Saturday, April 28, 2012


April 27-May 20, 2012 or call 216-321-2930
Bob Abelman

Much like Rajiv Joseph’s ”Bengal Tiger at the Baghdad Zoo,” a 2010 Pulitzer Prize finalist that takes place during the Gulf War, the two characters in “Gruesome Playground Injuries” are trapped within their own personal cages.  And while the Gulf war serves as a powerful reminder of the self-destructive nature of the human animal—a nature from which there is no clear or viable release—nothing drives this point home any better or more dramatically than watching Doug (Dan Folino) and Kayleen (Celeste Cosentino) attempt to escape their ill-fated, accident-prone destinies. 
To see a full review of this show, read Bob Abelman's News-Herald article here.

Roy Berko

Ensemble Theatre again takes on a Rajiv Joseph script.  Though, due to some staging decisions, it is not as audience engaging as it could be, GRUESOME PLAYGROUND INJURIES is a thought provoking concept, that is filled with pathos.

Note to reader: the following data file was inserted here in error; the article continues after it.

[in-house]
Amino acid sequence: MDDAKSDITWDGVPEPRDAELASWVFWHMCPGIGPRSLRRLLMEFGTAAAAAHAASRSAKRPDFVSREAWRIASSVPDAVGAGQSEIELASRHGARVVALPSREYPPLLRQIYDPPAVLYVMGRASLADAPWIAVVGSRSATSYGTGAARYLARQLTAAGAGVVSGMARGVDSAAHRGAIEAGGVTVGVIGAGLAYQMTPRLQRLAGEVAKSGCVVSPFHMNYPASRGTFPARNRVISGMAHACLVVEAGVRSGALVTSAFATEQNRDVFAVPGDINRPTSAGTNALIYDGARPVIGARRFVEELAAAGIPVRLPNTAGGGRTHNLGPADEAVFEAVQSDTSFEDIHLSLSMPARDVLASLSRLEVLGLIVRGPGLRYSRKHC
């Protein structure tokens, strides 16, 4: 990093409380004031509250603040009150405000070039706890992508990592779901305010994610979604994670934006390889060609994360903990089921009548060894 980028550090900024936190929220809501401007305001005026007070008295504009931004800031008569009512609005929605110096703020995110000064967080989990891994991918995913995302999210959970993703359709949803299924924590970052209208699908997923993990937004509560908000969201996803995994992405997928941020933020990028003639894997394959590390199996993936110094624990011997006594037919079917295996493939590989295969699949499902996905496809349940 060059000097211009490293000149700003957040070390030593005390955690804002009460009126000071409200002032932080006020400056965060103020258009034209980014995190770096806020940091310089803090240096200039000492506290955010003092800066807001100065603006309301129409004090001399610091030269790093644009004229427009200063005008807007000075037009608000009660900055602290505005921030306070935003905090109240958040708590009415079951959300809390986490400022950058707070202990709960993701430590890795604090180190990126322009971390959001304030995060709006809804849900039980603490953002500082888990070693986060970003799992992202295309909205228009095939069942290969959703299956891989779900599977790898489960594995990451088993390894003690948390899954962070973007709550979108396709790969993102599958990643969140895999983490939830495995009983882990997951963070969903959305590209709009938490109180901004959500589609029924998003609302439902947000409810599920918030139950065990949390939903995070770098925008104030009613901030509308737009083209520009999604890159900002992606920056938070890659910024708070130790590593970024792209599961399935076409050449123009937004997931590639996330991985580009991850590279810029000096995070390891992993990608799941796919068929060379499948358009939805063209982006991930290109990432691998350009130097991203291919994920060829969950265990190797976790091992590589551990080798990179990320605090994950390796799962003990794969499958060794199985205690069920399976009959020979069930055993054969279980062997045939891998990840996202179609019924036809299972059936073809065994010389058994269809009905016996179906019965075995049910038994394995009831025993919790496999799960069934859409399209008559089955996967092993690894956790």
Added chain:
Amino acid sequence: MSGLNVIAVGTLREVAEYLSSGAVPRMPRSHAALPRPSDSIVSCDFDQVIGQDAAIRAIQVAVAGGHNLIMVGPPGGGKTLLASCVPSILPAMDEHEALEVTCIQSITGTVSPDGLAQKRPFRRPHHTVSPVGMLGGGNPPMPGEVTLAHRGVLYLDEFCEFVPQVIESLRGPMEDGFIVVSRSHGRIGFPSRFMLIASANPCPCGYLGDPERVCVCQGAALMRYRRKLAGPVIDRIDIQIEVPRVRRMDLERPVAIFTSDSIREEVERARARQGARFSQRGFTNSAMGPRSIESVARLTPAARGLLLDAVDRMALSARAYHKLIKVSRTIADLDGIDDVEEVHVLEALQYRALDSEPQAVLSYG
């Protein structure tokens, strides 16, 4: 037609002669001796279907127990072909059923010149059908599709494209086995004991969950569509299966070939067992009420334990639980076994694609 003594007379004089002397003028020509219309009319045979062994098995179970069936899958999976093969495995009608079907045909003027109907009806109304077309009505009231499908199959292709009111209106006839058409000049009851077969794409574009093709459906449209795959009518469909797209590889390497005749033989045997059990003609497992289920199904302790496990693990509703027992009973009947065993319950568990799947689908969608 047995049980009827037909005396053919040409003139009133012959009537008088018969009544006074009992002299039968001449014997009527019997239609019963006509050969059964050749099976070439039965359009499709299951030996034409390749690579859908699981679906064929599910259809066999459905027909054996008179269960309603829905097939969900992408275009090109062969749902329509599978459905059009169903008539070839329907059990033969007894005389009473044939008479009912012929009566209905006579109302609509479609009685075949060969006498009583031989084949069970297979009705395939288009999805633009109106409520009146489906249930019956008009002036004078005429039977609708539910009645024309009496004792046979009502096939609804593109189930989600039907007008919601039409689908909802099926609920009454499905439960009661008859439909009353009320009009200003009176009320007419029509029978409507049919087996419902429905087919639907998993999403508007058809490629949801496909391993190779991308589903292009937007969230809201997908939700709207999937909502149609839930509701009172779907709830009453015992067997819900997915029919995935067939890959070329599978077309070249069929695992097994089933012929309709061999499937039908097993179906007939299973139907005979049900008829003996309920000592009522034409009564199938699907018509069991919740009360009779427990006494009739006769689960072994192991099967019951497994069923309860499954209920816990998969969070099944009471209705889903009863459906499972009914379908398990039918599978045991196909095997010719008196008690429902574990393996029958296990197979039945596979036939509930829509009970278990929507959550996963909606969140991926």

To see a full review of this show, read Roy Berko's blog here.

Fran Heller
Making this funny, sad play so appealing is the ingenuousness of the characters, played with unflinching honesty and realism by the two actors. It never becomes cutesy or artificial; you feel for these loveable losers from the get-go. 

To see a full review of this show, read Fran Heller's review at the Cleveland Jewish News

Christine Howey
There are eight scenes that attempt to capture the relationship of Doug and Kayleen from ages 8 to 38, and some resonate with depth, subtlety, and dark humor. But Ensemble's two-person cast is not consistently well matched, leaving other scenes lacking in both visceral impact and thematic heft.

To see a full review of this show, read Christine Howey's review at Cleveland Scene.

Marjorie Preston
In “Gruesome Playground Injuries,” the characters’ injuries haven’t caused their failures, and yet they have allowed themselves to be defined by them.  Unfortunately, a great concept and succinct writing are complicated by choppy pacing.  Despite its tragic tone and the difficulties of wardrobe and makeup changes, the drama is gripping and lingers in your mind.

To see a full review of this show, read Marjorie Preston's blog or visit here.